Canadian Plastics

Research addresses road bumps in RTM process

T he manufacturing of composite parts using the resin transfer molding (RTM) process hasn't always been a smooth ride.

February 1, 2008   By Umair Abdul, Assistant Editor



The manufacturing of composite parts using the resin transfer molding (RTM) process hasn’t always been a smooth ride.

RTM can help manufacturers reduce costs and cycle times when compared to costly and time-consuming autoclave and hand lay-up processing. However, for automotive parts manufacturers, the challenge has been to use RTM to produce parts with a class “A” surface finish.

“You don’t want to see the fiber’s print through the surface,” noted McGill University professor Pascal Hubert. “You want to have essentially almost a mirror-like finish so that the part can be painted or used right after molding.”

RTM is a low-pressure process that involves the injection of a resin into a closed two-sided mold with a preform. Pressure is applied to push the resin into the mold and through the fiber preform, and heat is applied to trigger the reaction. The material is then cured before demolding.

Canadian composite manufacturers are no strangers to the RTM process. For instance, Kelowna, B. C.-based FormaShape announced last year that it had used the closed-molded RTM process to produce the world’s largest waterslide part.

“RTM offers unparalleled control of shapes, forms and dimensions allowing for precise dimensional tolerance to be calculated, essential for safety,” explained Henry Czenczek, FormaShape’s manager of design engineering. “It has enabled us to make the waterslide parts stronger, lighter and to much closer tolerances.”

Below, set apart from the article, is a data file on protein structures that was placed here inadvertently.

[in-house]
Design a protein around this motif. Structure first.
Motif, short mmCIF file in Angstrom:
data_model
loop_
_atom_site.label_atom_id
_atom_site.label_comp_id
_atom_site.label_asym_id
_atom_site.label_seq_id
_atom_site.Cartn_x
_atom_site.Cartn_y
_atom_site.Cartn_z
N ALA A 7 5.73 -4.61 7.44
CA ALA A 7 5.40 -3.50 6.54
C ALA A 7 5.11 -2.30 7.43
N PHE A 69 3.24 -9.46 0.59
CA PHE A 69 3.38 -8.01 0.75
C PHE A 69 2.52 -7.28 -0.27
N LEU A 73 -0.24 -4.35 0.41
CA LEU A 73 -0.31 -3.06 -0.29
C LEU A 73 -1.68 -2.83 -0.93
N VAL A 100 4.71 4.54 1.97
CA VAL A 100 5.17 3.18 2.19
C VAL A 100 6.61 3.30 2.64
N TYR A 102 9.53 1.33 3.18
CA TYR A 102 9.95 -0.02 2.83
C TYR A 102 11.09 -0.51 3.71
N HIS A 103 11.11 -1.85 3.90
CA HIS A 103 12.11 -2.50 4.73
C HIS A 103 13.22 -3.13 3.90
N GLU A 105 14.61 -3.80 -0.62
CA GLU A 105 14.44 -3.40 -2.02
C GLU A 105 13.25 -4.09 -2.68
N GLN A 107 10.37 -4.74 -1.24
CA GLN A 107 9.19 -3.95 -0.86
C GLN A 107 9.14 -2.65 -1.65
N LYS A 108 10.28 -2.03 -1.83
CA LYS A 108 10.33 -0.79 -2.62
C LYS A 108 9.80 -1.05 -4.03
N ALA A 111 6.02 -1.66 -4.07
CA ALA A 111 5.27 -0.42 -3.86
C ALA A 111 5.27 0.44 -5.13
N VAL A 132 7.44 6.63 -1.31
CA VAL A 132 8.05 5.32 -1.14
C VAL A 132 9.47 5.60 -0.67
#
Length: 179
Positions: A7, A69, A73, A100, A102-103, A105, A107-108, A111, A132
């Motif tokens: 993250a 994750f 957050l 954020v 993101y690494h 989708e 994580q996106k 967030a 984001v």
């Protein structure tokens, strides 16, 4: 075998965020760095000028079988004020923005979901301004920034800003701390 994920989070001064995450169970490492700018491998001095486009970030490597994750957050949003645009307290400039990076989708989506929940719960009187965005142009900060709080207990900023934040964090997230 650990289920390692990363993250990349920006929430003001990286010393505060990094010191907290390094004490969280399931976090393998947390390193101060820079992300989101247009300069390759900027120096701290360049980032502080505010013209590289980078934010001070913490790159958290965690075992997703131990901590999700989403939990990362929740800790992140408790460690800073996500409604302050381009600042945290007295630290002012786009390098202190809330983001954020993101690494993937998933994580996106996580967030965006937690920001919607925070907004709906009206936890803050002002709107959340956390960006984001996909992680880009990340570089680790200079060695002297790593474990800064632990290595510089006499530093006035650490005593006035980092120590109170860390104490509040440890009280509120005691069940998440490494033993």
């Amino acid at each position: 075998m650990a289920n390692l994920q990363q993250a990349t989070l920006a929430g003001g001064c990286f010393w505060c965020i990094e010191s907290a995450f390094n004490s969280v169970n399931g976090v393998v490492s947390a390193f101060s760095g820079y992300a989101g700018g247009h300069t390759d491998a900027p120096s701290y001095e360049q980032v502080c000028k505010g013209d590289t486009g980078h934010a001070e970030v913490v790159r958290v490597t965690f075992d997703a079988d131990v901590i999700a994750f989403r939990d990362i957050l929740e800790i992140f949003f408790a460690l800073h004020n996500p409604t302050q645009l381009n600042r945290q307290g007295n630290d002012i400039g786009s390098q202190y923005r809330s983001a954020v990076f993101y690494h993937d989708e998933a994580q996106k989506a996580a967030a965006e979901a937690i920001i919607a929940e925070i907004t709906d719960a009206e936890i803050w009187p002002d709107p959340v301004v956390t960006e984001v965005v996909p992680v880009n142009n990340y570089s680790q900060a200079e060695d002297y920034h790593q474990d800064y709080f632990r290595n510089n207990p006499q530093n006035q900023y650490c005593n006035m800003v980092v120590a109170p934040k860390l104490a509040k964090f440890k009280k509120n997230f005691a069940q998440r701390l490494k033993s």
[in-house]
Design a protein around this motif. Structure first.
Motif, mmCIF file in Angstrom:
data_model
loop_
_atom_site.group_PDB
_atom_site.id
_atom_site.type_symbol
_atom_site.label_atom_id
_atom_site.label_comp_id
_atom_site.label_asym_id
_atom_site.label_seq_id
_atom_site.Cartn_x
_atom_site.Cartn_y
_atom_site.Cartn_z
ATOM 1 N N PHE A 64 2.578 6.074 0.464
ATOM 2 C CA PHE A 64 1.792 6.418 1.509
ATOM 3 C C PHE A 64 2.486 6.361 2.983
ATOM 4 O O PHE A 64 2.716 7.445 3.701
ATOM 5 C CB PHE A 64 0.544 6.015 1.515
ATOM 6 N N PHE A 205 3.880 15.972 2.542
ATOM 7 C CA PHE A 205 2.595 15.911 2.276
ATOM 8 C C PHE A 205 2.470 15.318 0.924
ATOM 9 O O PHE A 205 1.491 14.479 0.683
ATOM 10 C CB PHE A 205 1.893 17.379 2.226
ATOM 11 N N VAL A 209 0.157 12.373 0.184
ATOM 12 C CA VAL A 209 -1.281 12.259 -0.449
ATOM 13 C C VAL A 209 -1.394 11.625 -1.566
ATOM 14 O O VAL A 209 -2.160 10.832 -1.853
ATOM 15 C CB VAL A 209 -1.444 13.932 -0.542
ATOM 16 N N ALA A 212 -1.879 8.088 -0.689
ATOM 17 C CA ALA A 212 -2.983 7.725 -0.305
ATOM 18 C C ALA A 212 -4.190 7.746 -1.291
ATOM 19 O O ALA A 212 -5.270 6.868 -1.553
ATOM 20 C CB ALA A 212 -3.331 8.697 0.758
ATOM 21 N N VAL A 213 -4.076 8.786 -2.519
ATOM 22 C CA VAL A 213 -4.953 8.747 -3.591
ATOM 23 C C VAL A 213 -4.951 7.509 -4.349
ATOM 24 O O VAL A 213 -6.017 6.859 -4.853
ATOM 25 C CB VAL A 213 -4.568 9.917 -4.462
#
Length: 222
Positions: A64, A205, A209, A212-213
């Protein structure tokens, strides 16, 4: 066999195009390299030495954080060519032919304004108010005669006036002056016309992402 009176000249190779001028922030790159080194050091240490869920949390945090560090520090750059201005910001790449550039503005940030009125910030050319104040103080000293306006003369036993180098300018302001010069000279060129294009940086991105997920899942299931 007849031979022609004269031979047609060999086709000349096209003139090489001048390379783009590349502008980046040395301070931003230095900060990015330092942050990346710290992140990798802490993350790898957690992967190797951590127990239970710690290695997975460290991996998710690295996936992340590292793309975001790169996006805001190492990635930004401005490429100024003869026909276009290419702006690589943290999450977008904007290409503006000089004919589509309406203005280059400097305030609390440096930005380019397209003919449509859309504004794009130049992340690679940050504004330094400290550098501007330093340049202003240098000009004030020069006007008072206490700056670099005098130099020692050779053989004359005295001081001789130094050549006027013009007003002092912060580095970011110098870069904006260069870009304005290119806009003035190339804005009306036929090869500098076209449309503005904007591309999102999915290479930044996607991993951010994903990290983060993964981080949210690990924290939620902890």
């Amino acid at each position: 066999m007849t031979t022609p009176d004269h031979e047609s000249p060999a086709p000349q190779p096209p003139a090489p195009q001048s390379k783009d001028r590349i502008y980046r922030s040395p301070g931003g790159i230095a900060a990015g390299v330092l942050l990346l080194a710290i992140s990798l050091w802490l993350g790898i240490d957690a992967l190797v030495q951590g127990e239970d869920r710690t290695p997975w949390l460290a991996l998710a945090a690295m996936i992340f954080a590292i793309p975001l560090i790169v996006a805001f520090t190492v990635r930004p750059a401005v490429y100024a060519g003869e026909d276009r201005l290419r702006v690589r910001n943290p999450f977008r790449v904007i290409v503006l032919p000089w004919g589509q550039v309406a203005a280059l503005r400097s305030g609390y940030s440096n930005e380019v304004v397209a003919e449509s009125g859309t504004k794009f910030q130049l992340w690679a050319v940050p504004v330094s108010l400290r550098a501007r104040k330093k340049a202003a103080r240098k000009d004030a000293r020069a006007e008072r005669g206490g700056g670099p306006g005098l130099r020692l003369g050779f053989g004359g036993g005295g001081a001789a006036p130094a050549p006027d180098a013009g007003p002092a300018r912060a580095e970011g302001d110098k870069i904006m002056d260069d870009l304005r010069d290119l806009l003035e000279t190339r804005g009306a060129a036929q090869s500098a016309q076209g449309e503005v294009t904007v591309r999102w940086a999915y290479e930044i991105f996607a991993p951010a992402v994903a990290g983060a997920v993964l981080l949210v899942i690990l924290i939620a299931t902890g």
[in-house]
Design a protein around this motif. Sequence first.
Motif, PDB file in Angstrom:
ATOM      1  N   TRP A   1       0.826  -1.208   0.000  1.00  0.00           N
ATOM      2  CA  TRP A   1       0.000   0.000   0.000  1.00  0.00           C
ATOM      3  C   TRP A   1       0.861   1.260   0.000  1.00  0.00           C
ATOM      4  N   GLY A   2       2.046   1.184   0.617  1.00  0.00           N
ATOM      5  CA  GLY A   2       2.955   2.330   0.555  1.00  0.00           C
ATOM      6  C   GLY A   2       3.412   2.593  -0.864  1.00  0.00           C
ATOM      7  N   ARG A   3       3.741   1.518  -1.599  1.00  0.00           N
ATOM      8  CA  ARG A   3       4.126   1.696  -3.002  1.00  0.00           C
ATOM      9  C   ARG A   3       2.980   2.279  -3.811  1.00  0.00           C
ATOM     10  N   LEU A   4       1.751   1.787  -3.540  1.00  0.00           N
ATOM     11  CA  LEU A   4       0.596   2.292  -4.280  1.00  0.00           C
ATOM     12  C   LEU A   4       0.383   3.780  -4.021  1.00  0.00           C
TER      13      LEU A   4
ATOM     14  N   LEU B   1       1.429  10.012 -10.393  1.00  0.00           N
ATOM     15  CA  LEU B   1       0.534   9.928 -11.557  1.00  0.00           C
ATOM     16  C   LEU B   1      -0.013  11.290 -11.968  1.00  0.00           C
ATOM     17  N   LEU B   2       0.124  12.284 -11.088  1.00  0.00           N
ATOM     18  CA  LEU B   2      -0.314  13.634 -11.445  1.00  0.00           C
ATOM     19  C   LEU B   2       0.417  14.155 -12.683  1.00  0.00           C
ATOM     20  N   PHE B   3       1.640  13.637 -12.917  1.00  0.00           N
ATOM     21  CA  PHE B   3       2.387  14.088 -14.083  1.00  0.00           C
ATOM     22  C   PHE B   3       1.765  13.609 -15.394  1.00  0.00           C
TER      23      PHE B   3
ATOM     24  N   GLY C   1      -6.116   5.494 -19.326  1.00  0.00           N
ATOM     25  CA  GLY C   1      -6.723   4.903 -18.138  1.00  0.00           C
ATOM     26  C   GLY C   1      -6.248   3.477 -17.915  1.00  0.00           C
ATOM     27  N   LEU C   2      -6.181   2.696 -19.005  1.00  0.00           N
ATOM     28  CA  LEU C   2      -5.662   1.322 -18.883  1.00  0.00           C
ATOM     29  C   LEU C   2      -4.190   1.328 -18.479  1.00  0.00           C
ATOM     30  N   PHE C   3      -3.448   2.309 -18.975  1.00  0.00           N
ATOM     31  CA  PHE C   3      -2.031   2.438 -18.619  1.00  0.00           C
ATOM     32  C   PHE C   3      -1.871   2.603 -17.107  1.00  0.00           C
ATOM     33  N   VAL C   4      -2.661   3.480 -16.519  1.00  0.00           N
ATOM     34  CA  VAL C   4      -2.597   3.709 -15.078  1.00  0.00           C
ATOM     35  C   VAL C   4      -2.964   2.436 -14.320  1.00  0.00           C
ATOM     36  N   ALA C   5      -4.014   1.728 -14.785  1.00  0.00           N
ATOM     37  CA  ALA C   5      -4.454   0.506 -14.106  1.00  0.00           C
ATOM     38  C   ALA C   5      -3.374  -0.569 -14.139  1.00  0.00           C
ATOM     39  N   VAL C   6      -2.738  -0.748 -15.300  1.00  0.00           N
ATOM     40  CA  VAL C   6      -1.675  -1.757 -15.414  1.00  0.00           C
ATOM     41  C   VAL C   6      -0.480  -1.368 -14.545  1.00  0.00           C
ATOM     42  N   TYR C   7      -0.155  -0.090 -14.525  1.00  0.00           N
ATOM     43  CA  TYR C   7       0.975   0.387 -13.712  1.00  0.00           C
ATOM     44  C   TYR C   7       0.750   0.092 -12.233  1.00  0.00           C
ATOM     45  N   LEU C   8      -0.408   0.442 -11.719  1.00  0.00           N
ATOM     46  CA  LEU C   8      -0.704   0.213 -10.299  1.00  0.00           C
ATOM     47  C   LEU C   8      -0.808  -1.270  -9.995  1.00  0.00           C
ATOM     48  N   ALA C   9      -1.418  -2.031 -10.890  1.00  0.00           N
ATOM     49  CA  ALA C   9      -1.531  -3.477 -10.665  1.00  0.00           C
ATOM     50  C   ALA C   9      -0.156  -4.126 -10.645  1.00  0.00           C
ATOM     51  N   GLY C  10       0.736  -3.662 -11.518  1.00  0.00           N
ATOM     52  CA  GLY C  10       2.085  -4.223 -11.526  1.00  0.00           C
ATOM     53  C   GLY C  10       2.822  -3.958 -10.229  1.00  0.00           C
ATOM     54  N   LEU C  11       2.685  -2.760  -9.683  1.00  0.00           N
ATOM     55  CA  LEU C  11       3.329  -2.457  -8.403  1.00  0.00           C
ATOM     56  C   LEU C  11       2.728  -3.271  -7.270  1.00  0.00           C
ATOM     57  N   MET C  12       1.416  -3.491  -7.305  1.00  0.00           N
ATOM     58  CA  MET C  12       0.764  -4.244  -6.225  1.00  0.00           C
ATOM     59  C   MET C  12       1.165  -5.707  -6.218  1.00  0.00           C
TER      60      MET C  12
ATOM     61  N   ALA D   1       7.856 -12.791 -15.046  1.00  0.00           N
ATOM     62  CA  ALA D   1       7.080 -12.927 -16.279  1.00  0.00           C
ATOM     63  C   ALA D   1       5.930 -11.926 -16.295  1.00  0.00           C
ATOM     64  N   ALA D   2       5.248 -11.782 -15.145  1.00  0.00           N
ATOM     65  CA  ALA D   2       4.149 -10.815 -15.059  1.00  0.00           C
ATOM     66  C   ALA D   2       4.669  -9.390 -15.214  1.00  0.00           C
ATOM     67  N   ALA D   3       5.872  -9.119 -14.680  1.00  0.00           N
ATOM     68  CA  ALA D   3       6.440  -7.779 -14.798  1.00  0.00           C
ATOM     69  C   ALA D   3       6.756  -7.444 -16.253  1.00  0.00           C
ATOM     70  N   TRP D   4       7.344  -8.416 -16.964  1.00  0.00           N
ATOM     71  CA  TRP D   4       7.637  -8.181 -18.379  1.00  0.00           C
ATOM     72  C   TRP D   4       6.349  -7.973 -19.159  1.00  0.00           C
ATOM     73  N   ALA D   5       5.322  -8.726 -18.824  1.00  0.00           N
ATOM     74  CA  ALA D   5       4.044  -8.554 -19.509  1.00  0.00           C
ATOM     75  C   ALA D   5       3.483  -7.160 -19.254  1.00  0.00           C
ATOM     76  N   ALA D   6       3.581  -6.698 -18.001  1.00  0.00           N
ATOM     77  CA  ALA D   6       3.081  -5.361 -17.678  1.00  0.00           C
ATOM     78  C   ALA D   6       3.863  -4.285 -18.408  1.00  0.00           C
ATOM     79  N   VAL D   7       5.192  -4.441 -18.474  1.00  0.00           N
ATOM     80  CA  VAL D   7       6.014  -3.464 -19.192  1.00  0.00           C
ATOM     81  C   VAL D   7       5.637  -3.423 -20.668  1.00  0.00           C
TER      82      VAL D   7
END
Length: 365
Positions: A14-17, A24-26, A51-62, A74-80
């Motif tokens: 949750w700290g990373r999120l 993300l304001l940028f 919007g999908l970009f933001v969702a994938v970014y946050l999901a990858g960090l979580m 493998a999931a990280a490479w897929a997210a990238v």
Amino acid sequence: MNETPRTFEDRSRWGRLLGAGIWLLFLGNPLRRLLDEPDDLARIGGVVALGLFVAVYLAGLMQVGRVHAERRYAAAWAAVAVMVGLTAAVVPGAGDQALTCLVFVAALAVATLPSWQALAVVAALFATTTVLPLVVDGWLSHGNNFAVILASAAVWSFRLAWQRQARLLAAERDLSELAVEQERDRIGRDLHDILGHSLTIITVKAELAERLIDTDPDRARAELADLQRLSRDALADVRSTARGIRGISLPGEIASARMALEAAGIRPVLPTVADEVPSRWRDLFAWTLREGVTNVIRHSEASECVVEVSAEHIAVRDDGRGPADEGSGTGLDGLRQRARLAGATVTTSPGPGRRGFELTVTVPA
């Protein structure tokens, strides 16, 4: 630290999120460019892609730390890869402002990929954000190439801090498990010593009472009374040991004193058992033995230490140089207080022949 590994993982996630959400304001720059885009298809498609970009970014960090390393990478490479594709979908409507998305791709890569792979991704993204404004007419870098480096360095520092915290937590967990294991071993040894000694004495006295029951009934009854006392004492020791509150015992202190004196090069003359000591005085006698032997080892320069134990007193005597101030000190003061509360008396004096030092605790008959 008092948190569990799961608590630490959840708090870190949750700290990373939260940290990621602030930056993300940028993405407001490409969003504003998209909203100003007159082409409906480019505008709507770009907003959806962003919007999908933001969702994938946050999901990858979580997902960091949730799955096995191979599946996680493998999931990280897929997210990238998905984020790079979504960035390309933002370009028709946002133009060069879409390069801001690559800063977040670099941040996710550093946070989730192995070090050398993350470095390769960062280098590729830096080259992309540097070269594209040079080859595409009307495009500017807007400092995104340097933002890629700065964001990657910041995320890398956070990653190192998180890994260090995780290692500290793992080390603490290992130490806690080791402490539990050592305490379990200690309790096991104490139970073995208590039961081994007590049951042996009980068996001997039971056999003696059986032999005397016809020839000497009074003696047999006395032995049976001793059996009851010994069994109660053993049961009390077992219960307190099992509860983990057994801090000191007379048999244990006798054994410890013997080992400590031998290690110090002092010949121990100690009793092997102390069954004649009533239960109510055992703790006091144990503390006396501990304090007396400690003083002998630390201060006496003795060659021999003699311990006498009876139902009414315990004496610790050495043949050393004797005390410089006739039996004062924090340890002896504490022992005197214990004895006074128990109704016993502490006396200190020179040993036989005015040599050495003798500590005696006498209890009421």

However, McGill’s Hubert notes that there are still some challenges in producing automotive parts that meet OEM surface specs.

“The challenge is to get a very good finish after RTM, and also you want that finish to survive the paint job,” said Hubert. “These paint jobs are done at high temperatures because they were all designed for steel painting, and they want to send the part to the same paint cycle.”

Manufacturers have remedied this issue by putting larger fibers in the middle and a surface veil up top, and modifying the resin with low-profile additives to compensate for shrinkage during processing.

Despite these advancements, “there are still some issues they still don’t fully understand, such as what are the critical factors affecting the surface finish,” said Hubert.

Hubert and his team of researchers, funded by the Auto21 Network of Centres of Excellence and the Ford Motor Company, are working to examine the fundamental properties of the material, in order to identify the “driving mechanisms” that control the surface finish.

“We conducted some parametric trials to identify the most important parameter to control,” he explained. “Our research’s goal is to really build a framework, a systematic approach of looking at what the issues are that will control surface finish.”

Once the relationship between the finish and the polymer microstructure is understood, Hubert’s group hopes to be able to define the optimum processing conditions for a quality part surface. The technology can then be harnessed

by Canadian molders who are looking to make the jump into the high-end automotive market.

“There are some small companies that just make composite parts that can use our findings to get into making class ‘A’ parts,” noted Hubert. “RTM is a relatively new process, so many companies are interested in seeing if it will have the potential for automotive manufacturing.”

Dr. Pascal Hubert (Montreal, Que.); 514-398-6303 AUTO21 Network of Centres of Excellence (Windsor, Ont.); www.auto21.ca; 519-253-3000 ext. 4130


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